What Is Job Specialization?

by Wanda Thibodeaux; Updated September 26, 2017

All companies initially have to decide upon an overall organizational structure -- that is, they have to decide how many jobs they will have and what the exact responsibilities of each job will be. This means using job specialization, which is just one of the processes human resources uses to categorize employees.

Job Specialization Defined

Job specialization, also called work specialization or division of labor, is the process of separating all the activities necessary for the business or the organization into individual tasks. As part of this process, management -- working with the human resources department -- takes each task and assigns them to specific people/positions. The job descriptions human resources provides when they advertise open positions and hire new employees reflects job specialization.


Job specialization becomes more necessary the larger a company is. It is particularly beneficial in manufacturing, where each worker may participate in a single aspect of production. Companies also turn to job specialization any time activities are so complex that the business cannot rely on other employees to do a coworker's job.


When businesses use job specialization, every worker is an expert to some degree. Employees are able to refine the task for which they are responsible, resulting in increased efficiency and increased production. Because each employee concentrates on just a portion of all activities, quality control costs also decrease in theory. All these factors mean a higher revenue and profit potential for the business. They also sometimes allow workers to take greater pride in their work, as their jobs require specific skills others may not be able to do.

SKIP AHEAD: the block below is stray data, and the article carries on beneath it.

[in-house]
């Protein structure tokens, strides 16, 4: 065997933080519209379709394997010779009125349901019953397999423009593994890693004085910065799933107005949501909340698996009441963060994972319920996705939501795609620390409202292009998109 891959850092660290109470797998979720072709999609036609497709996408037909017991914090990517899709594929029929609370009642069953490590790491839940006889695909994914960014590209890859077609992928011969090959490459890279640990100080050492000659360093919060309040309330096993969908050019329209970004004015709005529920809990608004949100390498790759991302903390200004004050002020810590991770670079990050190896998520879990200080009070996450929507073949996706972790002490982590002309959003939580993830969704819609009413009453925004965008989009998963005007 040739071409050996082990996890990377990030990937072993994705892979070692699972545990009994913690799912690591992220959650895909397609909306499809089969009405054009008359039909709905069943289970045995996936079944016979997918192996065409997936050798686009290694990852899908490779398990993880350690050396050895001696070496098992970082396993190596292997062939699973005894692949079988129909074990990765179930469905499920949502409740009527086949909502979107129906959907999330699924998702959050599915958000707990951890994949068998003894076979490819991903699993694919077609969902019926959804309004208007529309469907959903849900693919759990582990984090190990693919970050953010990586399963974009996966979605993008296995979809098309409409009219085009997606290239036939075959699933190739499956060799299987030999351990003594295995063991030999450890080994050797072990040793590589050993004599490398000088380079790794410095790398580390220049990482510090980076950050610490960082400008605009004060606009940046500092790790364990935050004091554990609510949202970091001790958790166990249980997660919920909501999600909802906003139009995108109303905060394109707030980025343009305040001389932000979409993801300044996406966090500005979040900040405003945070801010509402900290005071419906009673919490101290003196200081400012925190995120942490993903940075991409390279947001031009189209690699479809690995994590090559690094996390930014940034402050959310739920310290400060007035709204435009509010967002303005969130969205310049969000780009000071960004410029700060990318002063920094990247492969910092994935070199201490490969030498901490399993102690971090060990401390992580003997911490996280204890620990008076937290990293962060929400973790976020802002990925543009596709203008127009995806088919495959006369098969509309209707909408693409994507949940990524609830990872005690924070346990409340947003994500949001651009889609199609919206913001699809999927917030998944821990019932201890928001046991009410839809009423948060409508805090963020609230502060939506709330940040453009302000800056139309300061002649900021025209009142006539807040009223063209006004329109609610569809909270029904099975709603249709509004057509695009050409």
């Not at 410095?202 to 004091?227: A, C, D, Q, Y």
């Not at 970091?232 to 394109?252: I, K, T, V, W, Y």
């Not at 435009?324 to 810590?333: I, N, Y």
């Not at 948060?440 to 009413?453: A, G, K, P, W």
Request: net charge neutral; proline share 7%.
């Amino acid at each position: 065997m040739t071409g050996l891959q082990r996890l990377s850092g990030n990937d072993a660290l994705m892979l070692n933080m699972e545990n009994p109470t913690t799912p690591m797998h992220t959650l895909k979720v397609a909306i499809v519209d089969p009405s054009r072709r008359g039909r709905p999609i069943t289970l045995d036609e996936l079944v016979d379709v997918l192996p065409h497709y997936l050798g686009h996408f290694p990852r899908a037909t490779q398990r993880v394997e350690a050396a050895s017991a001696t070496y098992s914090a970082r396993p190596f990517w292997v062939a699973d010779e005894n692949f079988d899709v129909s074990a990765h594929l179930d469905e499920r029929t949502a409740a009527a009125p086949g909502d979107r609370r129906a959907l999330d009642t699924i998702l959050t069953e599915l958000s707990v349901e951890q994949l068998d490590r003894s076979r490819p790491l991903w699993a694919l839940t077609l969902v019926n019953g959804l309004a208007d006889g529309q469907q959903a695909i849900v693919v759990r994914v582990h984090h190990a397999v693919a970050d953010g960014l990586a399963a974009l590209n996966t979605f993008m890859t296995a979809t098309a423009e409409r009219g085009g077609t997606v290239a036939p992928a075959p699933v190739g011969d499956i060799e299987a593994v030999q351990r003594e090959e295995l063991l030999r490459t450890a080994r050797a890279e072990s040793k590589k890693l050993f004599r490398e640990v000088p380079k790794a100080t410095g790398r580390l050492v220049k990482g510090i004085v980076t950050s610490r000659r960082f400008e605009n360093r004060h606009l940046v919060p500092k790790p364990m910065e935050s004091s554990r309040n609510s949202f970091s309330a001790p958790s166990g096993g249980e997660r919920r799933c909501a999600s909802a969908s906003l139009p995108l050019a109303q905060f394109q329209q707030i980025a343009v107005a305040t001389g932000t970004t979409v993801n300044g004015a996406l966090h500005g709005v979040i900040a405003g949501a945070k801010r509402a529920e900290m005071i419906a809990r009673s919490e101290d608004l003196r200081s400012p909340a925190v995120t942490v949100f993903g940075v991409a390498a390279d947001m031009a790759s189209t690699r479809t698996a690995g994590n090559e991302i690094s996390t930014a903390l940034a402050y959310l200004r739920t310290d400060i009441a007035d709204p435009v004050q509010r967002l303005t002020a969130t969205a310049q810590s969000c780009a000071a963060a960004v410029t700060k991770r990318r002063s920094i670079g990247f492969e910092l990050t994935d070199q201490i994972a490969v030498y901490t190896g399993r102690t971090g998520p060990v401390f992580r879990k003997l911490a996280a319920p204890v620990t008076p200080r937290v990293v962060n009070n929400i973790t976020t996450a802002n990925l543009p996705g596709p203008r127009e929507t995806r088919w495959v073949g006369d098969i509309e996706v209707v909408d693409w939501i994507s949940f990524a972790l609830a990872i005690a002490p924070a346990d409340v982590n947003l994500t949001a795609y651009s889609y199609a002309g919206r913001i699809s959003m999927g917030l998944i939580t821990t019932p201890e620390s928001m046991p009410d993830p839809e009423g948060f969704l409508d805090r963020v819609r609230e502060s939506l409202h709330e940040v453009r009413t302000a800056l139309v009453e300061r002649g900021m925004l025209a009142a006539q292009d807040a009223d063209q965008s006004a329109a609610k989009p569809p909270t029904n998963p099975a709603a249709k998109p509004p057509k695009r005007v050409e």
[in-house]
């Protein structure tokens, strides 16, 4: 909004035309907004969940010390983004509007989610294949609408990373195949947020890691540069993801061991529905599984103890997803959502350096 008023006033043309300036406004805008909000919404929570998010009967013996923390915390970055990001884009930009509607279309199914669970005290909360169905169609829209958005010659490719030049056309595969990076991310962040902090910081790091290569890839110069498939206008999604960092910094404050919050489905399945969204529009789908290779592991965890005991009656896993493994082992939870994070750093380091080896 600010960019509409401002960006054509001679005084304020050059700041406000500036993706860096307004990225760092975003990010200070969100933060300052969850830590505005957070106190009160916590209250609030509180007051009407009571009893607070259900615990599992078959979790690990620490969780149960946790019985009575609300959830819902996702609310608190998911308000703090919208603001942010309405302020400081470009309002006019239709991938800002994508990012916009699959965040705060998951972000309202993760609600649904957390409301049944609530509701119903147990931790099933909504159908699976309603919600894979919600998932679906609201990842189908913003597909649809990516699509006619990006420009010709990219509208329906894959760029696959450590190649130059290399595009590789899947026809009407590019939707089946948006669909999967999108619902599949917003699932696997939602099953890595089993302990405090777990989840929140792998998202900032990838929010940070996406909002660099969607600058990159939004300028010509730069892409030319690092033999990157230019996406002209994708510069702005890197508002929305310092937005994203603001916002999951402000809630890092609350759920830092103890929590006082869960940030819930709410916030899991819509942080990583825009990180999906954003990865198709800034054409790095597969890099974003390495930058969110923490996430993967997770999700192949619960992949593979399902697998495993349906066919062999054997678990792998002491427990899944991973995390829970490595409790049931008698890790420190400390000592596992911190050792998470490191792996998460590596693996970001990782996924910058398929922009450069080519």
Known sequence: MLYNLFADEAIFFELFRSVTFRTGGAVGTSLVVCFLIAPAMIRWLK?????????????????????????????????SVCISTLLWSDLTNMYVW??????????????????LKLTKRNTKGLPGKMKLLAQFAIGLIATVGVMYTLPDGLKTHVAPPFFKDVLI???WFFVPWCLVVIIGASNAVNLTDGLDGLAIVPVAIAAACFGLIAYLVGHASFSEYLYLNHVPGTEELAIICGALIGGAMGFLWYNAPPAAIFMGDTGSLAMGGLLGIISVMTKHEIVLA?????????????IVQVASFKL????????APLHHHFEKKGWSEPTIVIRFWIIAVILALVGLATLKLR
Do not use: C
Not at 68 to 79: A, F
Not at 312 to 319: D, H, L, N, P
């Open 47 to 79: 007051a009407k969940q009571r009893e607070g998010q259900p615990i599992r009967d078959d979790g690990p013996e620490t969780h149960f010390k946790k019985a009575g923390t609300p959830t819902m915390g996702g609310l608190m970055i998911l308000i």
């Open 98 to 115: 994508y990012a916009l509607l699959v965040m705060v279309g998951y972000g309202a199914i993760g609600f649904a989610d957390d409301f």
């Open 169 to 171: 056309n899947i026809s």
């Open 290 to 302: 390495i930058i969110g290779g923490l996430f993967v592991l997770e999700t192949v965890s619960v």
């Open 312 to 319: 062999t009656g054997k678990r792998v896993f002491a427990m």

Even though job specialization creates experts, the experts cannot multitask. Specialization restricts them from filling in for someone who is gone. Subsequently, any company activity connected to what the absent expert does may suffer. Additionally, specialized workers have a smaller skill set in some cases than nonspecialized workers. With fewer skills, many employees find it harder to adapt and find other employment later.

About the Author

Wanda Thibodeaux is a freelance writer and editor based in Eagan, Minn. She has been published in both print and Web publications and has written on everything from fly fishing to parenting. She currently works through her business website, Takingdictation.com, which functions globally and welcomes new clients.